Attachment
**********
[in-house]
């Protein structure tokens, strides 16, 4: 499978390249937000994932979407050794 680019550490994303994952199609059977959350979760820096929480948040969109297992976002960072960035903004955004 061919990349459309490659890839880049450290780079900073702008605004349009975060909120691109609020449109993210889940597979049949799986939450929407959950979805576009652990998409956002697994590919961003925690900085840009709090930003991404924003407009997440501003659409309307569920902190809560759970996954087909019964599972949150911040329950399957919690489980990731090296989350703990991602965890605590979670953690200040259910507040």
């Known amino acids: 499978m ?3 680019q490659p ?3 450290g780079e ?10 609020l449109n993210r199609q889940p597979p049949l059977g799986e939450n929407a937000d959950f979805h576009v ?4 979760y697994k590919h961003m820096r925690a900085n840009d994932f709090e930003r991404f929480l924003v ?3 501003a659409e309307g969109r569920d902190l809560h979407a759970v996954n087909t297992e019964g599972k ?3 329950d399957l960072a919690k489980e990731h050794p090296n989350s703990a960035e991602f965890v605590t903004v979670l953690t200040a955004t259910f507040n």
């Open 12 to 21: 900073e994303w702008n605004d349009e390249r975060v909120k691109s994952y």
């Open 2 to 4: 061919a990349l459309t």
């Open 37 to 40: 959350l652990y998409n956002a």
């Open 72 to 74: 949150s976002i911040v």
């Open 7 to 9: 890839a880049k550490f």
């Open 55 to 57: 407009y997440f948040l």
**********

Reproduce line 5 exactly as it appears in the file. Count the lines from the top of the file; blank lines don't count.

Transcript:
């Open 2 to 4: 061919a990349l459309t």